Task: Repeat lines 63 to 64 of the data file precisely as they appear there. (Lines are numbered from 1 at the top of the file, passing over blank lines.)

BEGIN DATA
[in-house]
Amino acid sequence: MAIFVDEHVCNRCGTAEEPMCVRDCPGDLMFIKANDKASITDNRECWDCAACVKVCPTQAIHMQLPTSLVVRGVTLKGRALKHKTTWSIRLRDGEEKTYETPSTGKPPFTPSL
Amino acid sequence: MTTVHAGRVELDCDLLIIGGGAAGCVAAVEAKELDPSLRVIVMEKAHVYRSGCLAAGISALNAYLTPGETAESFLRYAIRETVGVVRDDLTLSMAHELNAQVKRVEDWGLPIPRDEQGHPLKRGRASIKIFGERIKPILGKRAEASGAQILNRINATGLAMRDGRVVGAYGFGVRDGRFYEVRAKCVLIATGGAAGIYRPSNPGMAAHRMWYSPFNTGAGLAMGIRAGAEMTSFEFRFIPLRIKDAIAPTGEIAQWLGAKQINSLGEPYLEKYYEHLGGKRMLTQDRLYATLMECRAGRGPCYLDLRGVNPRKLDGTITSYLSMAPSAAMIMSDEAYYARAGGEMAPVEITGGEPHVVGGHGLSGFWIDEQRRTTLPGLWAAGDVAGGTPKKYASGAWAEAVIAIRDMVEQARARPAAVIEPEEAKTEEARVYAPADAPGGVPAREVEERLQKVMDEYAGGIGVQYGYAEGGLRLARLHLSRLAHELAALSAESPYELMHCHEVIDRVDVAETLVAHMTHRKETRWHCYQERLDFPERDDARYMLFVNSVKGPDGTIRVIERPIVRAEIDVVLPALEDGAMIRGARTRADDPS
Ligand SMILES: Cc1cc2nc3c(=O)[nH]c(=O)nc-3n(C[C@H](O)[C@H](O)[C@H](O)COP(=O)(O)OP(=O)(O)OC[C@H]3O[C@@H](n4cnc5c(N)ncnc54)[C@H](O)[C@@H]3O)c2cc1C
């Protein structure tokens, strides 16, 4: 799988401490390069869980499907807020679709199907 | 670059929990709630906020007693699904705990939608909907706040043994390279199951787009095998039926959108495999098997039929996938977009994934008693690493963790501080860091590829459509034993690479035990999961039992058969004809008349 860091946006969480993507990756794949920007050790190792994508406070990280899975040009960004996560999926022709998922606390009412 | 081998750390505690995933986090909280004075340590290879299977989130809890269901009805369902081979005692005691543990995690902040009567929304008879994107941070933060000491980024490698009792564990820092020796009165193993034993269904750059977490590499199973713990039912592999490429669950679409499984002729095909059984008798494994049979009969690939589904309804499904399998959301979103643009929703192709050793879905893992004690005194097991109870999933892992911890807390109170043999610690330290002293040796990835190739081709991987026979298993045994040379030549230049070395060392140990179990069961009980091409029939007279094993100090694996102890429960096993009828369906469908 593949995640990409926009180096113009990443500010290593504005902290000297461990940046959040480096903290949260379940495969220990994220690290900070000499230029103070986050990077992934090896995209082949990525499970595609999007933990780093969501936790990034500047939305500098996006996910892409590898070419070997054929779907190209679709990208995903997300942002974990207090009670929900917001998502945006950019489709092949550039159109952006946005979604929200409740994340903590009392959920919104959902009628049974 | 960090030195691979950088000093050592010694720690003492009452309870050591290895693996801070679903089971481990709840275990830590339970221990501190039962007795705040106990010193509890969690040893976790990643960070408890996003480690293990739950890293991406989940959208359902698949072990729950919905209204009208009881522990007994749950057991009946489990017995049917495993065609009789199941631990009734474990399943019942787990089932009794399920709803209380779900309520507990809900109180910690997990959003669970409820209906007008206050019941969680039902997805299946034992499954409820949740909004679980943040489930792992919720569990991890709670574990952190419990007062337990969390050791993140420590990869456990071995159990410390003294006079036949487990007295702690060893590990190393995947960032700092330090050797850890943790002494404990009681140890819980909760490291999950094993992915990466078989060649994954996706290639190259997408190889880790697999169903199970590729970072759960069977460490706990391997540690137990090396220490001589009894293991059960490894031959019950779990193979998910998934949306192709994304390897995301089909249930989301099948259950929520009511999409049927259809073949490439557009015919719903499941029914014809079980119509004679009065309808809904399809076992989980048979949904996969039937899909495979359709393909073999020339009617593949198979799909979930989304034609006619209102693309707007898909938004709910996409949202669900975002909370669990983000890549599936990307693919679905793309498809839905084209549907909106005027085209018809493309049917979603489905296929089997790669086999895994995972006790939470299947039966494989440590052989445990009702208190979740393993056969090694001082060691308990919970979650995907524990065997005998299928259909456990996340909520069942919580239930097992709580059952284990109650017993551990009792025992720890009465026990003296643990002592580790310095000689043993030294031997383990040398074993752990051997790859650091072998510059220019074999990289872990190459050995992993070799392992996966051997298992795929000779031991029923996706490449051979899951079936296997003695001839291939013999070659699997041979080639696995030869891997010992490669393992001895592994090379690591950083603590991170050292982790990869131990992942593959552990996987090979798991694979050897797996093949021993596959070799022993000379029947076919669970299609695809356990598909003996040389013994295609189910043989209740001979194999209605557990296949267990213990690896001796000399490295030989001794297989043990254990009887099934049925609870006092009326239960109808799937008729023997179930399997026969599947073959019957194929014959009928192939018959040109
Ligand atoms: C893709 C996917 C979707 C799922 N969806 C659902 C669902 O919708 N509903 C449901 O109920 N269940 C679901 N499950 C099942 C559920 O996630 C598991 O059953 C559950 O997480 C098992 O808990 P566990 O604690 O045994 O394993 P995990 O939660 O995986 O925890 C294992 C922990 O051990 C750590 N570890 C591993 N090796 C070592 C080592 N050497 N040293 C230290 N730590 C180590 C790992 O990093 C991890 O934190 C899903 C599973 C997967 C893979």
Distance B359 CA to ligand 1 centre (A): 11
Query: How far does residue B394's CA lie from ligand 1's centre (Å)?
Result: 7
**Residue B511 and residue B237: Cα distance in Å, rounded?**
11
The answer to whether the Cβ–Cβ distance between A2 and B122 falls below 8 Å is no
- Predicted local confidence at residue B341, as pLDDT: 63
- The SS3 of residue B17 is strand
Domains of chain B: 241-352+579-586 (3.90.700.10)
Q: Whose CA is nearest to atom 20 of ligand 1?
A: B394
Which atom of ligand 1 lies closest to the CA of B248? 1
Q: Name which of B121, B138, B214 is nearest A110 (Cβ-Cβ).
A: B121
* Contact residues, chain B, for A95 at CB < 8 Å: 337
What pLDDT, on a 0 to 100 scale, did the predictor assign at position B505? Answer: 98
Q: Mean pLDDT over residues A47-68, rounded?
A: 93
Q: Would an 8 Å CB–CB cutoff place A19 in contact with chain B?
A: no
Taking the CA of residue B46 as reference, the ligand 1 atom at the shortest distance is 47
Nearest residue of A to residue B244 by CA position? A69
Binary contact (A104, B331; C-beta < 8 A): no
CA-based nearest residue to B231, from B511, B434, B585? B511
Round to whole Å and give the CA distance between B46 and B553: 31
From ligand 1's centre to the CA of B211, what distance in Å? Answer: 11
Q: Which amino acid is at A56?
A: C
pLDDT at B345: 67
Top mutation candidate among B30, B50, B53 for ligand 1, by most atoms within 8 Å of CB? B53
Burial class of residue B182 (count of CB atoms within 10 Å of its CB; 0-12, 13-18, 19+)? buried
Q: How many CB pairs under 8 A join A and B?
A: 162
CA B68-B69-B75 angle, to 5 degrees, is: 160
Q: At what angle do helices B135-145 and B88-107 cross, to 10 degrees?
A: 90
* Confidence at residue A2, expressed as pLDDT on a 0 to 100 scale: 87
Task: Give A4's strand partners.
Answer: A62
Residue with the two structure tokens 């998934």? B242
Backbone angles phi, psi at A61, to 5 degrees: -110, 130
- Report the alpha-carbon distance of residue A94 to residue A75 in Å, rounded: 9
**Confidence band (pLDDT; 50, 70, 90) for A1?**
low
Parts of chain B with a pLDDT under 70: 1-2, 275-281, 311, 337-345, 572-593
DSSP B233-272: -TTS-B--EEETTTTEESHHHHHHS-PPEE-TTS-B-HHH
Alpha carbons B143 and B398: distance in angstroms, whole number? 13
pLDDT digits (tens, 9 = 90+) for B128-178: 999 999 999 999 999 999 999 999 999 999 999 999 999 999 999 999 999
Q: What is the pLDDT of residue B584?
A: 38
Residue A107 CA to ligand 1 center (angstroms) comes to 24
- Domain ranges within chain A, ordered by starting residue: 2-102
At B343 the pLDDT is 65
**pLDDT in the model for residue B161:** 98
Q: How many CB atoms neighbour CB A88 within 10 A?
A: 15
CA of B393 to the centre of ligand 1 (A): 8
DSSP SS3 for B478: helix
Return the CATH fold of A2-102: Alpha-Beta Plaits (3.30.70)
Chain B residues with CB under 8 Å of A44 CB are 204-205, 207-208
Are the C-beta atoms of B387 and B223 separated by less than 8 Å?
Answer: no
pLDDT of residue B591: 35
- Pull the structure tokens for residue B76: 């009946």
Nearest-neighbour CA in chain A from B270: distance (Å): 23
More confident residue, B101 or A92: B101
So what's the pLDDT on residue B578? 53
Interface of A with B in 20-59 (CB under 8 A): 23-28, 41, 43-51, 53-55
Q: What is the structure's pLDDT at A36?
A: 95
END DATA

CA of B393 to the centre of ligand 1 (A): 8
DSSP SS3 for B478: helix